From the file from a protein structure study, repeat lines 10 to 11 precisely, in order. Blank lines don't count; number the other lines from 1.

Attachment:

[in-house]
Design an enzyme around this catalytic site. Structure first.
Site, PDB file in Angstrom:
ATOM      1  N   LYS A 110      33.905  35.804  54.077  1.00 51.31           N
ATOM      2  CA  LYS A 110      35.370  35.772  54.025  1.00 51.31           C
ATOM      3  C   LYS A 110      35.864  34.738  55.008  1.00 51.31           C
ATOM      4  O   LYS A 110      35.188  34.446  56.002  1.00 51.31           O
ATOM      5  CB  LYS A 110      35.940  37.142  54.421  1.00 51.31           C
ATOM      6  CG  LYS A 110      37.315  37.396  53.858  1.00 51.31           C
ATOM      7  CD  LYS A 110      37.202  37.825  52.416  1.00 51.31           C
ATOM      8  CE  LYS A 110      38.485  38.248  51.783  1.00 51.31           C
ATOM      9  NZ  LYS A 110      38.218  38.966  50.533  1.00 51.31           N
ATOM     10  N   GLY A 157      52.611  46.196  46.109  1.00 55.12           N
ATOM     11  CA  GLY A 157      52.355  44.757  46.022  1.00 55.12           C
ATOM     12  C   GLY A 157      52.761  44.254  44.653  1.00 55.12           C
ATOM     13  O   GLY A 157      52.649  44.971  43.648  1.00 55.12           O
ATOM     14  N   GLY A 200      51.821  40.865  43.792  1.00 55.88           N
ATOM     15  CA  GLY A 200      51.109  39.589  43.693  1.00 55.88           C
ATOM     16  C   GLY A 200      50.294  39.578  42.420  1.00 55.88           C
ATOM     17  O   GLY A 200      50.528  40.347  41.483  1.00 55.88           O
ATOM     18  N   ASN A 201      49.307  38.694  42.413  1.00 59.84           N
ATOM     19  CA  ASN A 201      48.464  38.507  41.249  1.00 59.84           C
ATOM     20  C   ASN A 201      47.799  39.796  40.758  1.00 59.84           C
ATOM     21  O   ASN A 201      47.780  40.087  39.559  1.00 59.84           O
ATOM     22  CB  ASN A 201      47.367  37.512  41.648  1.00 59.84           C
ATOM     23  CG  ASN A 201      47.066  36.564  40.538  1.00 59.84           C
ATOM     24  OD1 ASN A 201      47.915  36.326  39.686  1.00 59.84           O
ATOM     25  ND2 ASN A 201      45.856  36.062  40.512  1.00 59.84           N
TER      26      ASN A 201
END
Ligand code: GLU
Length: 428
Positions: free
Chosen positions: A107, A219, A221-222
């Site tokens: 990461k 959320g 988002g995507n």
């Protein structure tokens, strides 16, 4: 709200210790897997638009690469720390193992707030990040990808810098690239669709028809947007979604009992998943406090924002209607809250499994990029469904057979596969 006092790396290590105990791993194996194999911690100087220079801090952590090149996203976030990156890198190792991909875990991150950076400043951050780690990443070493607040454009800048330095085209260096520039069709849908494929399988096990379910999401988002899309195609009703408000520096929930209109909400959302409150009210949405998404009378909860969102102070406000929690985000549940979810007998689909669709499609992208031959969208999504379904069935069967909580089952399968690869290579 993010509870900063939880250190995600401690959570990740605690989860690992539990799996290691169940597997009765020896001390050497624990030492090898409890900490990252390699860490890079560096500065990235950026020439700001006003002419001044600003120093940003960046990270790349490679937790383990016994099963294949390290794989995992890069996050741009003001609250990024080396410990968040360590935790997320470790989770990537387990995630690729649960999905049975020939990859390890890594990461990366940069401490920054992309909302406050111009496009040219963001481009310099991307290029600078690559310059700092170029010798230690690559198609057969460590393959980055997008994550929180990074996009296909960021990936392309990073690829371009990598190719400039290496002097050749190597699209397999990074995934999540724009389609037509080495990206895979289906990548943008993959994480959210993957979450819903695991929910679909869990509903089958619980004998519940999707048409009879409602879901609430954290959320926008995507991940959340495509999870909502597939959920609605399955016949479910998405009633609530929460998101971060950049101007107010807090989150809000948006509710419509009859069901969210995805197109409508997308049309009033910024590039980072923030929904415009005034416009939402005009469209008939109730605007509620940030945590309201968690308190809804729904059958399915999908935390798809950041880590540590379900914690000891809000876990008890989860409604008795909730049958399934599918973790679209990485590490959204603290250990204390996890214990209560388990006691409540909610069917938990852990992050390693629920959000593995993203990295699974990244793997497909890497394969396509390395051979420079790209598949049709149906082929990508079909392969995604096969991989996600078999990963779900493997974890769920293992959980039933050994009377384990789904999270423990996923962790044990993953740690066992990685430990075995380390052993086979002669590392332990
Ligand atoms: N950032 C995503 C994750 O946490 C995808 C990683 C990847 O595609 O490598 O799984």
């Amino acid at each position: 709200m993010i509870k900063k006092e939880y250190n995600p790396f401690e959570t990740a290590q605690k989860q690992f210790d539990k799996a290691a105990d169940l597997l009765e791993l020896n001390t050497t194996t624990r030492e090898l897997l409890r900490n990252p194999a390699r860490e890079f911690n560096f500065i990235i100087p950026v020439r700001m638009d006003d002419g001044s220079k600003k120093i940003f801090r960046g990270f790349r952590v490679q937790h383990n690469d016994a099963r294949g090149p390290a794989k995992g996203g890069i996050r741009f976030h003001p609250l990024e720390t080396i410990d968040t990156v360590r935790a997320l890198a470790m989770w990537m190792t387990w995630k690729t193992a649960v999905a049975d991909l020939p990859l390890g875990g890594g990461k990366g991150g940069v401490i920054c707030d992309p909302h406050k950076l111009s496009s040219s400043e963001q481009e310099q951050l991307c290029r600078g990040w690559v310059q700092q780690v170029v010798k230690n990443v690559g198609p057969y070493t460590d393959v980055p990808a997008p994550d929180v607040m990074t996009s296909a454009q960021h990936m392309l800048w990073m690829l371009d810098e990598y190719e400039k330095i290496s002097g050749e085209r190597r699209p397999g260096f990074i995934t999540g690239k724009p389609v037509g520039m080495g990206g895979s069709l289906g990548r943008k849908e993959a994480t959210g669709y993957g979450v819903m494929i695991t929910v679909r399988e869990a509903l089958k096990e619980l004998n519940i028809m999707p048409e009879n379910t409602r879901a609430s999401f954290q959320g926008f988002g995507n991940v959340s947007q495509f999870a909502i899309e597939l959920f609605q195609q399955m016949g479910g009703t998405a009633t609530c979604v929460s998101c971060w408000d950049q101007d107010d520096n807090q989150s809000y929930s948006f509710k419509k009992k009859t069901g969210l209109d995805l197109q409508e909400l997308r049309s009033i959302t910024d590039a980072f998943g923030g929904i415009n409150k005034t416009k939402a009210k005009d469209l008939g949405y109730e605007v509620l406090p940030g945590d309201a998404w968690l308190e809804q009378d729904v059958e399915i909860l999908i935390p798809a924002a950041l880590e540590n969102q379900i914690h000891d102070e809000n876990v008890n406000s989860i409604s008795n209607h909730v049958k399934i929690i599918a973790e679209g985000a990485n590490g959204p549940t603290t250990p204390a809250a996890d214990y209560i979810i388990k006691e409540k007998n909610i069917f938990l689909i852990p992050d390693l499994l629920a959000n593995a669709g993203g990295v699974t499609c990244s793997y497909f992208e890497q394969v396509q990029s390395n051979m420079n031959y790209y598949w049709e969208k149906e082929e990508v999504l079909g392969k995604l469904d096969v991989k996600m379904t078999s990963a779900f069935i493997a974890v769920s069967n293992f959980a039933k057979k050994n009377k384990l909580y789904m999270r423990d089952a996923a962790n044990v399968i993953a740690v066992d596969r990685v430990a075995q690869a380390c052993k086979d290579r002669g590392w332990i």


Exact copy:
ATOM      7  CD  LYS A 110      37.202  37.825  52.416  1.00 51.31           C
ATOM      8  CE  LYS A 110      38.485  38.248  51.783  1.00 51.31           C